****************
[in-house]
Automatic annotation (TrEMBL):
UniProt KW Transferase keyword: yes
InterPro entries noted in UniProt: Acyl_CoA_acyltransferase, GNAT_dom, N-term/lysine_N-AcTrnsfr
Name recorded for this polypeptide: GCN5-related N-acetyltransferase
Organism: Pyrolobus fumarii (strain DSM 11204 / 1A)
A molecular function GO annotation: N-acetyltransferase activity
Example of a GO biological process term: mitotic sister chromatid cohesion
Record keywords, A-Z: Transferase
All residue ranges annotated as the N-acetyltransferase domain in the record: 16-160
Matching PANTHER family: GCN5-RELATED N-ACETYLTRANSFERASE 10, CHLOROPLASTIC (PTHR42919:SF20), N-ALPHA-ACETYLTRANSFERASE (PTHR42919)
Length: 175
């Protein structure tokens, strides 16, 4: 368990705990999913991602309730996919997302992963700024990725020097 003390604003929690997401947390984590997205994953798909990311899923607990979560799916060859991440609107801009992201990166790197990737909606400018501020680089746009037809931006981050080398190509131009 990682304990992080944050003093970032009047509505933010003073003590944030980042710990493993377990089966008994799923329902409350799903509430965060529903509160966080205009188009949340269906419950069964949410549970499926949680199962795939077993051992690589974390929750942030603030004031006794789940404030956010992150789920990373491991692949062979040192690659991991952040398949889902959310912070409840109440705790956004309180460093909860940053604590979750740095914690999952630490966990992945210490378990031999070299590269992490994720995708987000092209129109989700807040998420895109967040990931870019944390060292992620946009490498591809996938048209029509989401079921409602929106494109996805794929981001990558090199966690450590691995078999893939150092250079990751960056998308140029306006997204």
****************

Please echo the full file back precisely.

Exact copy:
[in-house]
Automatic annotation (TrEMBL):
UniProt KW Transferase keyword: yes
InterPro entries noted in UniProt: Acyl_CoA_acyltransferase, GNAT_dom, N-term/lysine_N-AcTrnsfr
Name recorded for this polypeptide: GCN5-related N-acetyltransferase
Organism: Pyrolobus fumarii (strain DSM 11204 / 1A)
A molecular function GO annotation: N-acetyltransferase activity
Example of a GO biological process term: mitotic sister chromatid cohesion
Record keywords, A-Z: Transferase
All residue ranges annotated as the N-acetyltransferase domain in the record: 16-160
Matching PANTHER family: GCN5-RELATED N-ACETYLTRANSFERASE 10, CHLOROPLASTIC (PTHR42919:SF20), N-ALPHA-ACETYLTRANSFERASE (PTHR42919)
Length: 175
């Protein structure tokens, strides 16, 4: 368990705990999913991602309730996919997302992963700024990725020097 003390604003929690997401947390984590997205994953798909990311899923607990979560799916060859991440609107801009992201990166790197990737909606400018501020680089746009037809931006981050080398190509131009 990682304990992080944050003093970032009047509505933010003073003590944030980042710990493993377990089966008994799923329902409350799903509430965060529903509160966080205009188009949340269906419950069964949410549970499926949680199962795939077993051992690589974390929750942030603030004031006794789940404030956010992150789920990373491991692949062979040192690659991991952040398949889902959310912070409840109440705790956004309180460093909860940053604590979750740095914690999952630490966990992945210490378990031999070299590269992490994720995708987000092209129109989700807040998420895109967040990931870019944390060292992620946009490498591809996938048209029509989401079921409602929106494109996805794929981001990558090199966690450590691995078999893939150092250079990751960056998308140029306006997204």